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2017 Annual Report

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Translating Discovery

Translating Discovery into Life-Changing Care When it comes to defeating cancer and Parkinson’s disease, collaboration is one of our strongest assets. That’s why Van Andel Research Institute (VARI) teamed up with Stand Up To Cancer, the American Association for Cancer Research, The Cure Parkinson’s Trust, The Michael J. Fox Foundation for Parkinson’s Research and other leading organizations, scientists and physicians — to see what we can do when our collective expertise and resources are combined. The result is a slate of clinical trials, critical steps on the road from the lab to the doctor’s office that ensure new treatments are safe and effective. If successful, these therapies could help improve the lives of millions of people suffering from these devastating diseases. Active clinical trials include the following. Cancer The VARI–SU2C Epigenetics Dream Team has six ongoing clinical trials at medical centers across the U.S. and in Copenhagen, Denmark. Two of these trials — non-small cell lung cancer and bladder cancer — are supported by two of 10 inaugural SU2C Catalyst ® grants, totaling nearly .5 million. The trials are evaluating new combination treatments for: Acute myeloid leukemia (AML), an aggressive blood cancer that is notoriously difficult to treat and has poor long-term survival. Bladder cancer, a tough-to-treat cancer that is the sixth most common type of cancer diagnosed in the U.S. *Supported by a SU2C Catalyst ® grant Metastatic colorectal cancer, the second leading cause of cancer death in men and women combined in the U.S. Myelodysplastic syndrome (MDS) and AML, which also are the subjects of a small pilot study that is investigating whether a simple addition to the standard care regimen may improve the current therapy’s ability to impede cancer cell growth and destroy cancer cells. This combination is also being explored in patients with clonal cytopenia of undetermined significance (CCUS) — thought to be a potential precursor to MDS in some patients. MDS and chronic myelomonocytic leukemia (CMML), two blood cancers that are incurable with current drugs and that may progress to AML, a much more aggressive cancer. Non-small cell lung cancer, the most common type of lung cancer, which accounts for more than 80 percent of cases. Lung cancers are a major public health problem and claim more lives annually than any other type of cancer. *Supported by a SU2C Catalyst ® grant 8 | VAN ANDEL INSTITUTE ANNUAL REPORT 2017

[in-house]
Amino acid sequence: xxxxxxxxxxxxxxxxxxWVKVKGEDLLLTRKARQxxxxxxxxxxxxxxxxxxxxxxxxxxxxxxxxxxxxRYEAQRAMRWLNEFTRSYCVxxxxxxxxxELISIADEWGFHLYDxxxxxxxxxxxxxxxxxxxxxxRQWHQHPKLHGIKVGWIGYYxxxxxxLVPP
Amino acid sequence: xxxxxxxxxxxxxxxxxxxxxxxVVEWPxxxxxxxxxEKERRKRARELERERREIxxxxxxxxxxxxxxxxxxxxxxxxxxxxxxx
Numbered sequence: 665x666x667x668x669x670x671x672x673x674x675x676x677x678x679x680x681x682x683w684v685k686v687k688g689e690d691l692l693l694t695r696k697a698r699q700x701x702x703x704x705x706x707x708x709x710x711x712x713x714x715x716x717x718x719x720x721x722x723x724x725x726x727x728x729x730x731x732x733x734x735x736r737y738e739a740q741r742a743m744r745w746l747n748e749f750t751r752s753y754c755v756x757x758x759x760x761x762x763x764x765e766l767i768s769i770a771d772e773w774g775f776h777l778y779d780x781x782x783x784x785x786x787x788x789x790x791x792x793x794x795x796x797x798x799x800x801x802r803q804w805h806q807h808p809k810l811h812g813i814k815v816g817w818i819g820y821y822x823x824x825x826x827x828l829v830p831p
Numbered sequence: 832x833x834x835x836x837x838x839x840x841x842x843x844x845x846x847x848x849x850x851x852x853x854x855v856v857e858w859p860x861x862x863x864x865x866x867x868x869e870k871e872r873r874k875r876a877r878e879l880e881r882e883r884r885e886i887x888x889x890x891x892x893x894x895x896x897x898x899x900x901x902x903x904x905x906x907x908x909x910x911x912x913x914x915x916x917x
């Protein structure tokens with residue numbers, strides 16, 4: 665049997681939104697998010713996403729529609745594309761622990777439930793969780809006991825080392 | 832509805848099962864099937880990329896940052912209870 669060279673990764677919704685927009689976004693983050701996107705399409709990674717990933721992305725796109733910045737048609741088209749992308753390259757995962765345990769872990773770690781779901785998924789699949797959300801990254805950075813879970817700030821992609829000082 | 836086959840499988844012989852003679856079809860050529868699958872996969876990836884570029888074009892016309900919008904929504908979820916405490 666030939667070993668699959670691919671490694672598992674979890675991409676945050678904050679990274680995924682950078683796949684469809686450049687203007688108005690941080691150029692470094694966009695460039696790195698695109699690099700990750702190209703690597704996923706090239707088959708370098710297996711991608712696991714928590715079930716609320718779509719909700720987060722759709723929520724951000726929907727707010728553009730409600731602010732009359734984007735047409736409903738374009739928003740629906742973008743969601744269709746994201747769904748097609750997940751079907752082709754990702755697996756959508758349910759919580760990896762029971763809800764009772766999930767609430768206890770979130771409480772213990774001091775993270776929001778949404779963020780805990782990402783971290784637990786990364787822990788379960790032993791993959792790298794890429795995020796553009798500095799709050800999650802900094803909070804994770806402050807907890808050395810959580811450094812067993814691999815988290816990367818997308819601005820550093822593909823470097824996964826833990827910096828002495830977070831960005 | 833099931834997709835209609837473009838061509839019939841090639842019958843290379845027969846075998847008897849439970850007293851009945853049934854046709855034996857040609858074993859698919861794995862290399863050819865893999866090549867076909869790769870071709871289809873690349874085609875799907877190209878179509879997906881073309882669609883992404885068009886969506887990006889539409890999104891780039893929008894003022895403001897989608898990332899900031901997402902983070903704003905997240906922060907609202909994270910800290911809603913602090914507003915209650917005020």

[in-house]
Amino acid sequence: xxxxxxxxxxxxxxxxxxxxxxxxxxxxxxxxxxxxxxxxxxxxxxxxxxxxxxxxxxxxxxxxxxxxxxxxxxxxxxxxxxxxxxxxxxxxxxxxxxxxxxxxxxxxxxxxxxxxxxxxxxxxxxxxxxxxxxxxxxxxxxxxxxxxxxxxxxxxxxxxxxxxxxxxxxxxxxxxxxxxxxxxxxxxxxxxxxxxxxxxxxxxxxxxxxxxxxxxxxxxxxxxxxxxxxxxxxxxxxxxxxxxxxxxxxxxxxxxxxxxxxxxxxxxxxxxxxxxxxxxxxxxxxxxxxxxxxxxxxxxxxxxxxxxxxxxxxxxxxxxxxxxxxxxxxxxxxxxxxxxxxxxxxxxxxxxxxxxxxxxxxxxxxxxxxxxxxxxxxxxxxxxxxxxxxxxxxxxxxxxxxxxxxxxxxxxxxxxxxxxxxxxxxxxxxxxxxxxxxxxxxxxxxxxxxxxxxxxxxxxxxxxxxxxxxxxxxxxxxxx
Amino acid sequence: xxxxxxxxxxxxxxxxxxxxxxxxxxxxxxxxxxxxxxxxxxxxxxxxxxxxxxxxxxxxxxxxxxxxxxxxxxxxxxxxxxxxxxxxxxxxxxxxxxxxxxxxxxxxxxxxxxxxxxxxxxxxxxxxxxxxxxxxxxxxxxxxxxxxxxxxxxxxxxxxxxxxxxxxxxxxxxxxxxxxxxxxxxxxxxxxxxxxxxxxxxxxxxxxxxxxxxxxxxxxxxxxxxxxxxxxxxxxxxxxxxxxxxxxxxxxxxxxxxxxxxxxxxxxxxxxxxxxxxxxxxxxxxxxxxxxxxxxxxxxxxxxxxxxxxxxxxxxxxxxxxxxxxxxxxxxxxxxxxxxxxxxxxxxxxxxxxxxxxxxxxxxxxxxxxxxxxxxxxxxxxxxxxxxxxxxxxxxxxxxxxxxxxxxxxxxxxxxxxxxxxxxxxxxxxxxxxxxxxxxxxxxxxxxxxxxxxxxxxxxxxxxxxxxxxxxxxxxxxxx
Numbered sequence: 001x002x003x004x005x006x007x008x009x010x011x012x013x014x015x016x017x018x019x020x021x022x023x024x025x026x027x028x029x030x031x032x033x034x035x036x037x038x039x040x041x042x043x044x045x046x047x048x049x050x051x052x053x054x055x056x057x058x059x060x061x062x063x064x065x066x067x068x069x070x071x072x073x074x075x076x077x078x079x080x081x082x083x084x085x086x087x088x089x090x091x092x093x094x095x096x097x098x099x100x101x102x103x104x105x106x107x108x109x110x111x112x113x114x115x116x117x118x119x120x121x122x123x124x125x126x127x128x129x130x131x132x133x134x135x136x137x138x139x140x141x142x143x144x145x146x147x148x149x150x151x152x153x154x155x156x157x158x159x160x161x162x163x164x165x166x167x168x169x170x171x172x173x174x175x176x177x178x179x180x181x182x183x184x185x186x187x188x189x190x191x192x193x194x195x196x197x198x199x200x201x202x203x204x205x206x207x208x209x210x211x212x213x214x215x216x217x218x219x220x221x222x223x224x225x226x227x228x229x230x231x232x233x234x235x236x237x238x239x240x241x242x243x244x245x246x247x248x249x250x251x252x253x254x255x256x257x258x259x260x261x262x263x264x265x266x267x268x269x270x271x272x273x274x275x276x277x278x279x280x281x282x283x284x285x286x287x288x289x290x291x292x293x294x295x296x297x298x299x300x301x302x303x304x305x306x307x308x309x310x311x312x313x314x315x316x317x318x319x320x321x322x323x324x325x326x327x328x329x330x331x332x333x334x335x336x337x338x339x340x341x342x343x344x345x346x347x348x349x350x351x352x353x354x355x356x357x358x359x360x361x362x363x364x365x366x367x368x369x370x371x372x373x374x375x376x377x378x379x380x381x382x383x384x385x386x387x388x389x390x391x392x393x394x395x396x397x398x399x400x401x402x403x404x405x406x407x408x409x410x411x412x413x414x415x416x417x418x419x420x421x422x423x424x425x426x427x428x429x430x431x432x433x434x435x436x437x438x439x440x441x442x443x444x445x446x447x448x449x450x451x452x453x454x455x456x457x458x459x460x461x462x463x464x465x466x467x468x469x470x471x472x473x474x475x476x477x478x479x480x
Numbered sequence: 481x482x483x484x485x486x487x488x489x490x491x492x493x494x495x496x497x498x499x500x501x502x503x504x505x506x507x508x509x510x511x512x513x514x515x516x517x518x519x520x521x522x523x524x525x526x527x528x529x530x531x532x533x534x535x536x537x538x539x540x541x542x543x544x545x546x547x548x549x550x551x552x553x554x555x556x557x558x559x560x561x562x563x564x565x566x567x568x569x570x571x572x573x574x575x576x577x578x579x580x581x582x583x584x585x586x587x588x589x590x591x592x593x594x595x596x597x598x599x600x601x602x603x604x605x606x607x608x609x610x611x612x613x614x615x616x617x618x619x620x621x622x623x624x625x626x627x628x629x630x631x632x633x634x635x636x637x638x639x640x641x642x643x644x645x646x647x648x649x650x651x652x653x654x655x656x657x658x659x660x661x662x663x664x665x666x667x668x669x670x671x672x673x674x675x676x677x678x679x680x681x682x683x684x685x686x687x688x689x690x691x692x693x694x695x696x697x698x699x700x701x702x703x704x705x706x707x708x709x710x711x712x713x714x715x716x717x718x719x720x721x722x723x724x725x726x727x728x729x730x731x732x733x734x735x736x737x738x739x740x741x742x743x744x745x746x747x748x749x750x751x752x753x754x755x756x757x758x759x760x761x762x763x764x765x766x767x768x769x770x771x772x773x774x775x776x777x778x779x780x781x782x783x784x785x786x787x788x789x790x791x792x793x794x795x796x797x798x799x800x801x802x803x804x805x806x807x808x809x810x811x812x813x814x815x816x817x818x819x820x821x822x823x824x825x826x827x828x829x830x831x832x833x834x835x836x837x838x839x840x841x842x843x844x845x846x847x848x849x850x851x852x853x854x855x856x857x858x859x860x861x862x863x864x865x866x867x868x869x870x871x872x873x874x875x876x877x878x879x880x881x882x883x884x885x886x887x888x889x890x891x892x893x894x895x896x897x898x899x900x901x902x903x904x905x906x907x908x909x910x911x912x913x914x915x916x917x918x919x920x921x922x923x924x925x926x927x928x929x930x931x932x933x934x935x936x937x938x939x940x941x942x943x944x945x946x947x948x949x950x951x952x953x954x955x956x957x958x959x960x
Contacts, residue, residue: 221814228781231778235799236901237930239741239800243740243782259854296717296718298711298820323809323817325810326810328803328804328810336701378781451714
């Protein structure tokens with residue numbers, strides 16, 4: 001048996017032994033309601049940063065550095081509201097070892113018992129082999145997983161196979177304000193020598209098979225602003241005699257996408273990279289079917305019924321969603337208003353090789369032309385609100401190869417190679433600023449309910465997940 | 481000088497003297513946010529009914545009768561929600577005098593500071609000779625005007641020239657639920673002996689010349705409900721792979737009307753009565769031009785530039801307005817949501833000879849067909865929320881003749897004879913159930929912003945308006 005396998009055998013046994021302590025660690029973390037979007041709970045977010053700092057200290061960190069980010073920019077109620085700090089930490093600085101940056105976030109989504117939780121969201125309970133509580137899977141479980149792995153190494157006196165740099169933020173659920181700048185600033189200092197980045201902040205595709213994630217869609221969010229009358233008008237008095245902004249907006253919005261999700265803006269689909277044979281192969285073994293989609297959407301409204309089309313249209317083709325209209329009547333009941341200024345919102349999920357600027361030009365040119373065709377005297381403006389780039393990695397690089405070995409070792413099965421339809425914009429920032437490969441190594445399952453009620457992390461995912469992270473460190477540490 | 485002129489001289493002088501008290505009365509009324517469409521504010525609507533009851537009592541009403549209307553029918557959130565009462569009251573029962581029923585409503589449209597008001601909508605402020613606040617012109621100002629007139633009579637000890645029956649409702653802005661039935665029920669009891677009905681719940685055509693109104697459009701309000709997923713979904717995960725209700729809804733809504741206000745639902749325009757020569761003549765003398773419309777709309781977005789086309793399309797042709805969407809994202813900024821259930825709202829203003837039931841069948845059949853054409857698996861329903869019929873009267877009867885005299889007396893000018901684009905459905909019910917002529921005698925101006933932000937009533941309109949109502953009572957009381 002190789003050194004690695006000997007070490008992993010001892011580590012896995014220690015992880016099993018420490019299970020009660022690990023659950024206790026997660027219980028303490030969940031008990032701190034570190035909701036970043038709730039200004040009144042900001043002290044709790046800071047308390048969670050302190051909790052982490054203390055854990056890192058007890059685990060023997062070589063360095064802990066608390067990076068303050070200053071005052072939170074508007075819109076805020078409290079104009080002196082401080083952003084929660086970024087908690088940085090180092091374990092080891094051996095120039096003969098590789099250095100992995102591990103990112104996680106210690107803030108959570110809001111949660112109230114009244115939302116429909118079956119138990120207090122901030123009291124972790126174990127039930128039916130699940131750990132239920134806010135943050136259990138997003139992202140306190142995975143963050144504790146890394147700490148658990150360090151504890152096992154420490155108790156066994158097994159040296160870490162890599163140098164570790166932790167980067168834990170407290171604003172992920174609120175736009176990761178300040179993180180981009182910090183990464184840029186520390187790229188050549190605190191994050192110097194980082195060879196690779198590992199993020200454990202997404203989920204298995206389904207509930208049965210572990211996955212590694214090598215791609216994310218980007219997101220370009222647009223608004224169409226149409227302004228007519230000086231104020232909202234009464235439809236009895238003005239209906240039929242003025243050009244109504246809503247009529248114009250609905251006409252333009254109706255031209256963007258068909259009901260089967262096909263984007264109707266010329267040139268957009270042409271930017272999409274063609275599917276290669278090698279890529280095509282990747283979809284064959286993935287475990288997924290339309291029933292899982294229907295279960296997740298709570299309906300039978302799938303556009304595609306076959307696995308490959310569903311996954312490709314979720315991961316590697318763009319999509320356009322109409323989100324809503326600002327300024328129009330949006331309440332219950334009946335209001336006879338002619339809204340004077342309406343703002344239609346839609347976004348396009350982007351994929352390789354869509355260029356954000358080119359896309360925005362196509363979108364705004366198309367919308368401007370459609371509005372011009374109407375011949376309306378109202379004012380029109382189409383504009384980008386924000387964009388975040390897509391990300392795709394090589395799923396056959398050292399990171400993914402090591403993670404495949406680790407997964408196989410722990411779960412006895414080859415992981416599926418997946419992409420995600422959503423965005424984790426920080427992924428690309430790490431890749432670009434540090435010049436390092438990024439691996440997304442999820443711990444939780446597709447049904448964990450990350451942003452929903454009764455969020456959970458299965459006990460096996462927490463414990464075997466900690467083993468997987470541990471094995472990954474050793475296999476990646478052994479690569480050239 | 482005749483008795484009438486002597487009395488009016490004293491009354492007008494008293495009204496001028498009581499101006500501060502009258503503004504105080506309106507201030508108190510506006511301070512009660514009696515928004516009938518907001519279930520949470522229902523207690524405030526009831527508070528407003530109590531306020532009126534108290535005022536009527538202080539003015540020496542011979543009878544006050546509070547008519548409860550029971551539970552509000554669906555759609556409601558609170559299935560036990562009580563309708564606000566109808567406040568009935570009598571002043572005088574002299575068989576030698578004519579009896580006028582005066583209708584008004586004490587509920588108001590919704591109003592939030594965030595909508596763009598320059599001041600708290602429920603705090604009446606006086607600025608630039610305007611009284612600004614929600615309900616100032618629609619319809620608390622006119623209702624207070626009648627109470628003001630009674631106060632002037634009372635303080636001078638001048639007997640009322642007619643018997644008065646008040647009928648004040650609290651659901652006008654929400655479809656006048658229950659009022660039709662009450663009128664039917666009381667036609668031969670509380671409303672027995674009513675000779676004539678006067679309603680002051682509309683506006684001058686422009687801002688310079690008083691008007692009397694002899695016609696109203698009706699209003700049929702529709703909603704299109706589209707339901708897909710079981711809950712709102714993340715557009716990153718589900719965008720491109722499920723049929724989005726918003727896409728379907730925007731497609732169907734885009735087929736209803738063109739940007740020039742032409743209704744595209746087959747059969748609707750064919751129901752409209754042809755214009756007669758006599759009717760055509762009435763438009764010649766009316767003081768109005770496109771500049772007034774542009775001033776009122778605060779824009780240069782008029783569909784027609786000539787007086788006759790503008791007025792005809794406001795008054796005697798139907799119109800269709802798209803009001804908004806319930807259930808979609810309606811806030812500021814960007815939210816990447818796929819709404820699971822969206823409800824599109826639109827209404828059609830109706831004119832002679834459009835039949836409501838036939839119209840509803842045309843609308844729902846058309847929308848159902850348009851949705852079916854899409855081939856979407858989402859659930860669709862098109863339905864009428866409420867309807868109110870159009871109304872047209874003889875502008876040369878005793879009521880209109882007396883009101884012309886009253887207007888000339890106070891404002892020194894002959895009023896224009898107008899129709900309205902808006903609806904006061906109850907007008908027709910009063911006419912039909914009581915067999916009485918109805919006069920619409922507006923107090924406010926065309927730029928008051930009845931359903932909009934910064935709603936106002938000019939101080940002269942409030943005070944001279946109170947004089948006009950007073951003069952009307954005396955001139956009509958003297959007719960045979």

RESEARCH Parkinson's disease The Linked Clinical Trials (LCT) initiative, spearheaded by The Cure Parkinson’s Trust and supported by VARI, aims to shift the paradigm on Parkinson’s treatment from managing symptoms to slowing or stopping the disease’s progress. By investigating medications that are already approved to treat other conditions and that impact the same biological processes that are at play in Parkinson’s, scientists hope to cut the time it takes for new, more effective medications to be approved, getting them to the people who need them faster. Medications being investigated by LCT include the following. Ambroxol, a medication originally developed to treat respiratory ailments, which has shown promise in correcting an underlying molecular problem in Parkinson’s. Deferiprone, a medication that removes excess iron from the blood and that is being investigated for its potential to reduce high iron levels in the area of the brain most affected by Parkinson’s. EPI-589, an experimental drug originally designed to treat rare mitochondrial diseases in children. A growing body of evidence suggests similar dysfunctions in mitochondria, the power plants of cells, may also contribute to Parkinson’s. Exenatide, a Type 2 diabetes medication that has shown outstanding promise in lab experiments and clinical trials as a therapy that may slow the progression of Parkinson’s. Following positive results from a phase two trial reported in 2017, plans for a larger, phase three trial are in the works. Liraglutide, a Type 2 diabetes medication that belongs to a class of drugs called GLP-1 agonists and prompts the release of insulin, thereby lowering glucose levels in the blood when bound to its receptor. Recent findings suggest that when liraglutide activates these receptors in the brain, the drug provides protection against degenerative damage to key brain cells, specifically those affected in Parkinson’s disease. Nilotinib, a medication originally developed to treat the blood cancer leukemia. This multicenter trial is supported by The Michael J. Fox Foundation for Parkinson’s Research, The Cure Parkinson’s Trust and VARI. Simvastatin, a cholesterol-lowering medication that is part of the PD-STAT trial, which is underway at 21 medical centers across the United Kingdom. Learn more at VAN ANDEL INSTITUTE ANNUAL REPORT 2017 | 9

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